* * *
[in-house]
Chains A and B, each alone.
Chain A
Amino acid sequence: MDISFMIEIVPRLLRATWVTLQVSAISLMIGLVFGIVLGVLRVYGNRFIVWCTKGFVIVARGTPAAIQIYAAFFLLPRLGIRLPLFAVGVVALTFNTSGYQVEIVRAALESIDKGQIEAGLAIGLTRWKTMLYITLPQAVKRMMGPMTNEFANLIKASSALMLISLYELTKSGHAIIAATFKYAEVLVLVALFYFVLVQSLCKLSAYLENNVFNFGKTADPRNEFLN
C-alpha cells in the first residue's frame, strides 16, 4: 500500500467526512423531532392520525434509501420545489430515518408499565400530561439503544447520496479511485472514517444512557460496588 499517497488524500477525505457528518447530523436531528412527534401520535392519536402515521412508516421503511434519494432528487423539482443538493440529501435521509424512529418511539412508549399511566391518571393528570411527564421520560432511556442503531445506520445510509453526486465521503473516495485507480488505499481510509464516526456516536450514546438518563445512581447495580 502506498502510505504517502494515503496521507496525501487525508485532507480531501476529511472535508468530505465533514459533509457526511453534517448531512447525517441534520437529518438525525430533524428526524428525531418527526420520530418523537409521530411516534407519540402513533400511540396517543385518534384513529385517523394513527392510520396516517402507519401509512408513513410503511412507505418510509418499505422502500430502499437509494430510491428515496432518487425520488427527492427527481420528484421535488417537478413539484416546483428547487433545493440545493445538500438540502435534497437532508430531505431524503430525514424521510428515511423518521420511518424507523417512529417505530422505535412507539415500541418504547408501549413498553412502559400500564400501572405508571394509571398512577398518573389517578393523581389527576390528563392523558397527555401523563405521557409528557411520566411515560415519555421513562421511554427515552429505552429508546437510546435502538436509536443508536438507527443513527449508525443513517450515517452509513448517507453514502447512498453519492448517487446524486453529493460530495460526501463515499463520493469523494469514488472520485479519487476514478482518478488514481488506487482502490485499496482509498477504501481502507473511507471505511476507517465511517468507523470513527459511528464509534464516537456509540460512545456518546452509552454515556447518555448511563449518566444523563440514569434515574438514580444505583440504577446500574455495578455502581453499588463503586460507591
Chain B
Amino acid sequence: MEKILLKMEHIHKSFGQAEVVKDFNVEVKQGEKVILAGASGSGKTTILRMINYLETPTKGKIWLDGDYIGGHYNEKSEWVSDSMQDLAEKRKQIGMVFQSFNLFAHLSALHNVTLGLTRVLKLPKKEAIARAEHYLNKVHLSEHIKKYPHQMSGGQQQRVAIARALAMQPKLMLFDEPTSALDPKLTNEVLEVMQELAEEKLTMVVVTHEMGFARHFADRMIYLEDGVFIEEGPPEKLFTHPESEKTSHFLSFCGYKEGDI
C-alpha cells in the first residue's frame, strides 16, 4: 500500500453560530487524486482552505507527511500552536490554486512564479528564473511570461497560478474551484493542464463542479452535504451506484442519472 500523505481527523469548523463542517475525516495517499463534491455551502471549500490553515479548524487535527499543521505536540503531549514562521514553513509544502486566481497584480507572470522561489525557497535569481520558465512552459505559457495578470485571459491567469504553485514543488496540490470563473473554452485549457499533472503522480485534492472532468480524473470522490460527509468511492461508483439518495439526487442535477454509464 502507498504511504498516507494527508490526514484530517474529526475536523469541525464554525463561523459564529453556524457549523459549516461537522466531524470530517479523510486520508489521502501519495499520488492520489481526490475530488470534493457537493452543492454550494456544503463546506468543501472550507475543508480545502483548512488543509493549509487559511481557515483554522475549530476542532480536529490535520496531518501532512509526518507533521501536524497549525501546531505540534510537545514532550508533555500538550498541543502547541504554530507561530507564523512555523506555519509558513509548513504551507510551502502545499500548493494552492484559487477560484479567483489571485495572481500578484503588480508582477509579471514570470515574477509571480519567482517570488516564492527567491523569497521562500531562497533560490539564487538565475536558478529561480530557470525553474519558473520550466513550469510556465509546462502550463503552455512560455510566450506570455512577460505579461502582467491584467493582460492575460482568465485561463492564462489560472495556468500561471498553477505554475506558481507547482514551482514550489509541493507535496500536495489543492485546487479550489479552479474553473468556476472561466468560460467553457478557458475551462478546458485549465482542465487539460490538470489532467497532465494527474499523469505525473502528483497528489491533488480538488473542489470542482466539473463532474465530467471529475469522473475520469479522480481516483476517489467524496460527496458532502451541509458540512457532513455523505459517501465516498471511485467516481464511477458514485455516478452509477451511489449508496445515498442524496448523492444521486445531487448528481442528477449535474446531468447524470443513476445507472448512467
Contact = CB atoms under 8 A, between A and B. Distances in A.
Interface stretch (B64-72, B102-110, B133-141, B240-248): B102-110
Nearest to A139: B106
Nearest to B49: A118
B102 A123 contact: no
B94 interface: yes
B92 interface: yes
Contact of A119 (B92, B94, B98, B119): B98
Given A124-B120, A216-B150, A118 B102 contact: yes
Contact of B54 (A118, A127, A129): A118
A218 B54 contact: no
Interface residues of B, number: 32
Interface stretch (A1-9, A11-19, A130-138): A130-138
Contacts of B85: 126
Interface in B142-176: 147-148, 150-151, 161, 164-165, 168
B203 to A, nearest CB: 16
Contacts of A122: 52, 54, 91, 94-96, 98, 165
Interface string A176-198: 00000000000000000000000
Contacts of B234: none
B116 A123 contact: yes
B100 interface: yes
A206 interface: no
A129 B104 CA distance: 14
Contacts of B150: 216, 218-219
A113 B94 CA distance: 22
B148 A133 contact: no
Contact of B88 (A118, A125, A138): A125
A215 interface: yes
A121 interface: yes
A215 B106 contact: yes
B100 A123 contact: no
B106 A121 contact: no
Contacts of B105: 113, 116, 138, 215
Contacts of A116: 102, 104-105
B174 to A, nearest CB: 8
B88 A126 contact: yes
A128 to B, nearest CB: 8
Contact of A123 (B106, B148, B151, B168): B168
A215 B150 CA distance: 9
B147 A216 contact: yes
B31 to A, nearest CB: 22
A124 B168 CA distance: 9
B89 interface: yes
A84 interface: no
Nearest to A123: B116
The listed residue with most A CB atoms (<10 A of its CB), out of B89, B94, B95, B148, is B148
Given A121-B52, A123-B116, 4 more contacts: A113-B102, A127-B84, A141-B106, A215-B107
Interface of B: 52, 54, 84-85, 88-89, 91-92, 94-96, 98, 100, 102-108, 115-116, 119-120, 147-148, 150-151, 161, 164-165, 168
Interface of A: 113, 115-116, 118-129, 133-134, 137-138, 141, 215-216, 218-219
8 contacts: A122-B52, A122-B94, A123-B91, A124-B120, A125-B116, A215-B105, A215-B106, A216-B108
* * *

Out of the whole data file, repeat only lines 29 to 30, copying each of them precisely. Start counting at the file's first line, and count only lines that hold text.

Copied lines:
B100 interface: yes
A206 interface: no